“He was in the world, and the world was made through him, yet the world did not recognize him.” Can you believe it? What a world to live in, one that doesn’t even know its Creator, its LORD. But that’s the world we live in. Turn on the news for proof. Drive around. Listen to the music that sells, the shows that bring ratings, the books that become bestsellers. How many give glory to God by expressing harmony with him? How many agree with the Bible’s teachings and encourage obedience to them? How many treat sin for what it is and prescribe the only treatment? The proof is in the pudding that we’ve lost our anchor as a world, that we are a creation that’s forgotten its Creator, that we don’t know why we are here or where we are going. Yet this is the world that Jesus came to, to break the darkness, to be the light that gives life. And so we sing, Joy to the World! But the world still does not know him. And that’s not the worst part.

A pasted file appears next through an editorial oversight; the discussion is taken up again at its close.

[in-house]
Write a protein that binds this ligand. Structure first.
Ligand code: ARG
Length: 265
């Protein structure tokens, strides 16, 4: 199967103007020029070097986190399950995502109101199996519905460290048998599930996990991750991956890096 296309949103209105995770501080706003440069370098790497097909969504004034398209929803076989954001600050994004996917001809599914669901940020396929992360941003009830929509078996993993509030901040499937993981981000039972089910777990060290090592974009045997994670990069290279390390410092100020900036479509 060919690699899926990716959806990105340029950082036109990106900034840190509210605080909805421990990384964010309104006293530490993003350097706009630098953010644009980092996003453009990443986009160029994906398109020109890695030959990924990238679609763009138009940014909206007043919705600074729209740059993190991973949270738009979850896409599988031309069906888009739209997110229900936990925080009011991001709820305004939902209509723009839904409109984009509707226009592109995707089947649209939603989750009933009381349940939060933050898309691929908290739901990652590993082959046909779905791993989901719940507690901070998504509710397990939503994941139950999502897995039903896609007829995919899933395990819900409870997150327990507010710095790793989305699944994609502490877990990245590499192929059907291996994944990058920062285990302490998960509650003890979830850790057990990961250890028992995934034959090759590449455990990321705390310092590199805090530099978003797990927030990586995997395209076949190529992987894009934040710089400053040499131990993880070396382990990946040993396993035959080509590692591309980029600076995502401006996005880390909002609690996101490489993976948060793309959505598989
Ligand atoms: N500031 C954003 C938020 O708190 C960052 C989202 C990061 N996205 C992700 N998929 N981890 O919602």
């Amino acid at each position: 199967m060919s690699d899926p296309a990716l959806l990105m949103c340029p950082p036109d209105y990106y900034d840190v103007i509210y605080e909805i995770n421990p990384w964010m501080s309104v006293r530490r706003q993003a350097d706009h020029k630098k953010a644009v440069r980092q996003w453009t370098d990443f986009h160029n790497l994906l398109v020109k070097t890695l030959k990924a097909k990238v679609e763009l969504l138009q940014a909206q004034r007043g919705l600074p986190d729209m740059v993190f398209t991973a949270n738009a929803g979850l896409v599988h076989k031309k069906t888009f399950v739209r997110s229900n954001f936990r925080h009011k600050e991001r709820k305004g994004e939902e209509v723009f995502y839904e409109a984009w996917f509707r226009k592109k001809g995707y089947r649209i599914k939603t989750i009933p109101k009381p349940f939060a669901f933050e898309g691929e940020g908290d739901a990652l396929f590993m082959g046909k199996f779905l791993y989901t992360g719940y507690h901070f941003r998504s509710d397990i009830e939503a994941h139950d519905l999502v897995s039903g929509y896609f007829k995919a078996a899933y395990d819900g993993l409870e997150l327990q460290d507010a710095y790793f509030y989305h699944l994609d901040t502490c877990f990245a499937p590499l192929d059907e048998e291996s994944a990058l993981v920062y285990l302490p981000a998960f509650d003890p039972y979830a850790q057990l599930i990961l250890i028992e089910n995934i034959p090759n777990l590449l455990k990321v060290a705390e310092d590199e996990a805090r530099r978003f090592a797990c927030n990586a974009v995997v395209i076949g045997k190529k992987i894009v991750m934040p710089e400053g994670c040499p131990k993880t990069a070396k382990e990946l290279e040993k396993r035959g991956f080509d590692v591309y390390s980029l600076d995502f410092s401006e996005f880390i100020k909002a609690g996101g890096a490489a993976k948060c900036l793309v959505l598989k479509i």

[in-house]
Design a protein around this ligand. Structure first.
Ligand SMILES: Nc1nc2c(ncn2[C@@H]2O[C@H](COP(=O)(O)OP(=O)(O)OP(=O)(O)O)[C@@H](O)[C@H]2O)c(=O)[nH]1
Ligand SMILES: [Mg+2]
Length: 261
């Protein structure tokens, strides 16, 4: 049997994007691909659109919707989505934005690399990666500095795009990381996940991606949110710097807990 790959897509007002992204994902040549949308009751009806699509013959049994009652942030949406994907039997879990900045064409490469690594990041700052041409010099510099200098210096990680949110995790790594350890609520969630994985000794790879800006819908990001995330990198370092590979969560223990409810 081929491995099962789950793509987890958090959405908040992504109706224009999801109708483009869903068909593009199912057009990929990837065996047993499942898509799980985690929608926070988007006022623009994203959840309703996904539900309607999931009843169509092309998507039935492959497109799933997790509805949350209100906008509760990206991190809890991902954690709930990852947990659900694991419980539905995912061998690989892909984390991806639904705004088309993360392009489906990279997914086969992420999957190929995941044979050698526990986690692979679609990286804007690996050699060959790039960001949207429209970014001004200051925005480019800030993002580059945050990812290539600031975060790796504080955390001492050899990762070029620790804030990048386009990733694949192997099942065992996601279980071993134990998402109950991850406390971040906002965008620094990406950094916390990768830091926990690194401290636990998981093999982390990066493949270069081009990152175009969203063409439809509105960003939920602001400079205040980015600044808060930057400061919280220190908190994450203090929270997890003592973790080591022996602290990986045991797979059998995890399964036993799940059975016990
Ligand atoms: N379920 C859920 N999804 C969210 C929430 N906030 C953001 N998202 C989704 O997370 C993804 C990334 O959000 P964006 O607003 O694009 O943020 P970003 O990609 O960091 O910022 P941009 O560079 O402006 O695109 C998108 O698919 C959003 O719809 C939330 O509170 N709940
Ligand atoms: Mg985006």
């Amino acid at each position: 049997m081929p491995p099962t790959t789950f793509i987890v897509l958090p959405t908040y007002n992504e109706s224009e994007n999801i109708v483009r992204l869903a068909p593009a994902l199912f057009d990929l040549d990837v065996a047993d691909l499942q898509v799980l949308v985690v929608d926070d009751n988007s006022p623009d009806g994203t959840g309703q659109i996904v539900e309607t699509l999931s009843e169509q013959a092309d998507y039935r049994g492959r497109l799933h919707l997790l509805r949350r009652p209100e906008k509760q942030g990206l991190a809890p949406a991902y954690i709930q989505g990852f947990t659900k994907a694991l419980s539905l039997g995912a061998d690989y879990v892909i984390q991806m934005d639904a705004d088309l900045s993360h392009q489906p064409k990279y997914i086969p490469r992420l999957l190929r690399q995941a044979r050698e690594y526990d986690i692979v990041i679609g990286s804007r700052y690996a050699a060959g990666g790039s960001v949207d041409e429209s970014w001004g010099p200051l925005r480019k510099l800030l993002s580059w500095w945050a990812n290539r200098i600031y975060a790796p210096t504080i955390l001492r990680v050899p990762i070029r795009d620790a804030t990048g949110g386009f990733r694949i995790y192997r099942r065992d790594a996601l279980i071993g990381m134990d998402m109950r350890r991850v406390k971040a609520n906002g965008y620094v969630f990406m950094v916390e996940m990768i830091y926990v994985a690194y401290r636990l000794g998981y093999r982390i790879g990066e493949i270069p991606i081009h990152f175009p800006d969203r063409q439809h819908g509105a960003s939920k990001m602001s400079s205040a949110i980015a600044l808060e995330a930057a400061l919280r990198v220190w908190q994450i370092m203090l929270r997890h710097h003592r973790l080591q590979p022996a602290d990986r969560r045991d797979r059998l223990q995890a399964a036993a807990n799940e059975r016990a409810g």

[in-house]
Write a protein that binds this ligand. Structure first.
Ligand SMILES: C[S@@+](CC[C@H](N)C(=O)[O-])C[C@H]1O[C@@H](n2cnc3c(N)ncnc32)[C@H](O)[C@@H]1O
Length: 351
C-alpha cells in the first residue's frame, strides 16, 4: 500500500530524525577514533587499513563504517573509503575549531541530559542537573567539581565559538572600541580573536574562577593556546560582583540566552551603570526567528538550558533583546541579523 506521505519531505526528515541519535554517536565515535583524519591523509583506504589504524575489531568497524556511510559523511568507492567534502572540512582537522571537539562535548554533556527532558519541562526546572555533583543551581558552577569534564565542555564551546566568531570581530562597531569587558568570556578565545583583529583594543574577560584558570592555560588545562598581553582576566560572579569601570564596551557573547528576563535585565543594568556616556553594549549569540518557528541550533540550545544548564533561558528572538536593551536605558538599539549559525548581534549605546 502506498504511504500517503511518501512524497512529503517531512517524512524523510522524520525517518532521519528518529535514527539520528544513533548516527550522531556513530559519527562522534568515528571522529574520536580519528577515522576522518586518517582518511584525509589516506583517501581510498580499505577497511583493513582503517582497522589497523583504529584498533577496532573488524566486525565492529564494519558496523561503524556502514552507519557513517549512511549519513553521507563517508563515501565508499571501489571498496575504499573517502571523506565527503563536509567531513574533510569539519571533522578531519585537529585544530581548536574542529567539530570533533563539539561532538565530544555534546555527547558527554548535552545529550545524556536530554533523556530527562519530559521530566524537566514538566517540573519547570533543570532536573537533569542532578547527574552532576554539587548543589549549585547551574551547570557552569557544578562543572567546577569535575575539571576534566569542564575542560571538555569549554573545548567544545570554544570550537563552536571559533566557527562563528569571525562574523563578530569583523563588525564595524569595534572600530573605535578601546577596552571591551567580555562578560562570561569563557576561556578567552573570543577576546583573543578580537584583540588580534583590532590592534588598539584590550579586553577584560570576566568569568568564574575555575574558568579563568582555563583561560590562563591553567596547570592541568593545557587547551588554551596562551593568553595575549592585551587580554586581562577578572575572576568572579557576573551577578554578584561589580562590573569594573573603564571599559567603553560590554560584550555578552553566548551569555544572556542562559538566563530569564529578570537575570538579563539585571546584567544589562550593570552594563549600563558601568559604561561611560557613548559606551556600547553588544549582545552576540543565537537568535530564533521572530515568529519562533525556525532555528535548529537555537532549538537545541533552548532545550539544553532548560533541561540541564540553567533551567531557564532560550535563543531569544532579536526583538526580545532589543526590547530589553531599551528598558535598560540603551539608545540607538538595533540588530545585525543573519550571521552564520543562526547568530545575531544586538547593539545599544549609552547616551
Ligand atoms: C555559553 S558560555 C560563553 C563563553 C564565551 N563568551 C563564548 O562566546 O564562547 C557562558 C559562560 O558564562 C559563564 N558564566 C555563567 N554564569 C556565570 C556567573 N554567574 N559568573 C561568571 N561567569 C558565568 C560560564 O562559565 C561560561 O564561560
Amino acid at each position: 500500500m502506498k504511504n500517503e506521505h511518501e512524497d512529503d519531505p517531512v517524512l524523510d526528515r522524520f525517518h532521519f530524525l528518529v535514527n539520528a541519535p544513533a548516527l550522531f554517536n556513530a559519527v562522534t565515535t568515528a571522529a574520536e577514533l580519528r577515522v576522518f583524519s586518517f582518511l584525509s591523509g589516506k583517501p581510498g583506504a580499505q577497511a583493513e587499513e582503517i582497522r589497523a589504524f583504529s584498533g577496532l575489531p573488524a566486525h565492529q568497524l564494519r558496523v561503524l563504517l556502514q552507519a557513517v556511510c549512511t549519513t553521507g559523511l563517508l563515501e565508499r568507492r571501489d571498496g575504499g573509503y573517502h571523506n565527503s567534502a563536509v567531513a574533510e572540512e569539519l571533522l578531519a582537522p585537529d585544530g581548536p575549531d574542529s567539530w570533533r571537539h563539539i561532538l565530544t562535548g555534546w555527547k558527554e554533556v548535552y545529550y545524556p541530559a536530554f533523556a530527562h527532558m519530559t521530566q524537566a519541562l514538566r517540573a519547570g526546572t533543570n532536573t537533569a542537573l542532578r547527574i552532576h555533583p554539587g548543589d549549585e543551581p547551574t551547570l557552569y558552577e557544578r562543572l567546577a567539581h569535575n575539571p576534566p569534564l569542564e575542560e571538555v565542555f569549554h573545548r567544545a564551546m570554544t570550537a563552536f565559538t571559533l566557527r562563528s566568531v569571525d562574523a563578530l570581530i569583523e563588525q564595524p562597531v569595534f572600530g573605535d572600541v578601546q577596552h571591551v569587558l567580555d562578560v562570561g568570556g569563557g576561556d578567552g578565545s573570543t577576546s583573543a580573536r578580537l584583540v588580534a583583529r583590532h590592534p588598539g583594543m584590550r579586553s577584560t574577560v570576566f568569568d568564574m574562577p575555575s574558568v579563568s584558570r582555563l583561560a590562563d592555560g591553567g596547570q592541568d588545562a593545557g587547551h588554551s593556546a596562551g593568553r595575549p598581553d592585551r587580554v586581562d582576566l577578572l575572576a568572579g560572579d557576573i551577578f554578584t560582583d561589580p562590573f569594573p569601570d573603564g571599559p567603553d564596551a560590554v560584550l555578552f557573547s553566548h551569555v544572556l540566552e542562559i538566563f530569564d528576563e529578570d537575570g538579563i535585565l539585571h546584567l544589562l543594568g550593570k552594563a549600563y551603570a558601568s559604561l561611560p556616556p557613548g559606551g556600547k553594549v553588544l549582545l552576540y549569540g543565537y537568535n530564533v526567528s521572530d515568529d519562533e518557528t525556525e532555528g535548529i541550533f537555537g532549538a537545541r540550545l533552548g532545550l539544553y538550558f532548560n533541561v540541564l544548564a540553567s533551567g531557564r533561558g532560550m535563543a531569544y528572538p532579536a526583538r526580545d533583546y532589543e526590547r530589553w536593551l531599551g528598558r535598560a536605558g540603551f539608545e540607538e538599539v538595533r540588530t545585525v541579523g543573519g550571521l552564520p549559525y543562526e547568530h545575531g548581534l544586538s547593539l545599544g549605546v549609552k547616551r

“He came to what was his own, yet his own people did not accept him.” Jesus was born of Mary, legally descended from Joseph. He was an Israelite through and through, just as God had promised. Jesus came to Israel, his Old Testament people, the people he had led out of Egypt into the Promised Land, from slavery to freedom, from misery to hope, and they did not welcome him. They didn’t want anything to do with him. He came to his own people, his own adopted children and they had better ideas or things to do. No, not all outright rejected him. Not everyone shook their fists and shouted mockery. Many just walked by too busy to notice. Many just didn’t care. “He came to what was his own, yet his own people did not accept him.” And the very sad part is that they had no excuse. They were doubly guilty, doubly deserving of God’s punishment because they knew better. They had the promises. They had the truth. And so do you.